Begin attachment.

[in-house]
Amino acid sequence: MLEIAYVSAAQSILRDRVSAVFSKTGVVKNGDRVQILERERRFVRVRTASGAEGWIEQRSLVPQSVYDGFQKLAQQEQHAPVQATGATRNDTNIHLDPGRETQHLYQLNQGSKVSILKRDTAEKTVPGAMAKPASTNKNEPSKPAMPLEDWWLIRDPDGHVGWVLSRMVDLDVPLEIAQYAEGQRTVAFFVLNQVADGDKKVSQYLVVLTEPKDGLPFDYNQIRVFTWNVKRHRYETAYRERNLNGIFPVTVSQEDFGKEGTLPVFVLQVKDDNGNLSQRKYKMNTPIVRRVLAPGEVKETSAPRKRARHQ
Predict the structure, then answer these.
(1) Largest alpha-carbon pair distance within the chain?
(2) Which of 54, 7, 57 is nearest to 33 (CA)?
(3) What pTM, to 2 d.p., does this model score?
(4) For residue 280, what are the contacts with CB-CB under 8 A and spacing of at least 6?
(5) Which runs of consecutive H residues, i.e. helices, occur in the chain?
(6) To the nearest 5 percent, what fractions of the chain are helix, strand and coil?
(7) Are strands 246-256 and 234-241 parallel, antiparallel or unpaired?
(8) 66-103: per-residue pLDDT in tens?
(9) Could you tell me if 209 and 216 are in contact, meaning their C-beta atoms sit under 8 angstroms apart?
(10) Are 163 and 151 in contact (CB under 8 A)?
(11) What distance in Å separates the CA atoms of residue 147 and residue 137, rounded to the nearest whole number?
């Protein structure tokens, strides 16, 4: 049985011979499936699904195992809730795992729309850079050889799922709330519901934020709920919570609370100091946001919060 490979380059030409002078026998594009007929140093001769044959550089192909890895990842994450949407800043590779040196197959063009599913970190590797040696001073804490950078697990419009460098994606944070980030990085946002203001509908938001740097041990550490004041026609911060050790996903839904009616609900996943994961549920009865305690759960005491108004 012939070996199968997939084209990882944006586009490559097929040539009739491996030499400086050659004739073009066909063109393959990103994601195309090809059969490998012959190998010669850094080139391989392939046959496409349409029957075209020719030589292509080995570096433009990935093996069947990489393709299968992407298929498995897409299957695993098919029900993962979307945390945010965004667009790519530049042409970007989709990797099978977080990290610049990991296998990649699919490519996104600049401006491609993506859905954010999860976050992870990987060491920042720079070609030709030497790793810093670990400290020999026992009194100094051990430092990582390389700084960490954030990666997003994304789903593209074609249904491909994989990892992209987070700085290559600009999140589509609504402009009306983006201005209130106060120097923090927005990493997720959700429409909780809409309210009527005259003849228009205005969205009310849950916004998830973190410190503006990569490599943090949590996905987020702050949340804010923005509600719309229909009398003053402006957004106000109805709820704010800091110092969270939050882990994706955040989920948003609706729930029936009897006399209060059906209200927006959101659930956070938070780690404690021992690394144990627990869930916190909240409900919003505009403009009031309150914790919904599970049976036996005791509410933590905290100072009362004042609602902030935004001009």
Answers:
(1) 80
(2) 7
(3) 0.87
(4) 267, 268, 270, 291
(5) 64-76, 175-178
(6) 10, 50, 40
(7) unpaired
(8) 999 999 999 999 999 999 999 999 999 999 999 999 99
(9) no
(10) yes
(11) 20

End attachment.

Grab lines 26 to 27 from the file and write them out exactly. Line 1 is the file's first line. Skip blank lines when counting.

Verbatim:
(10) yes
(11) 20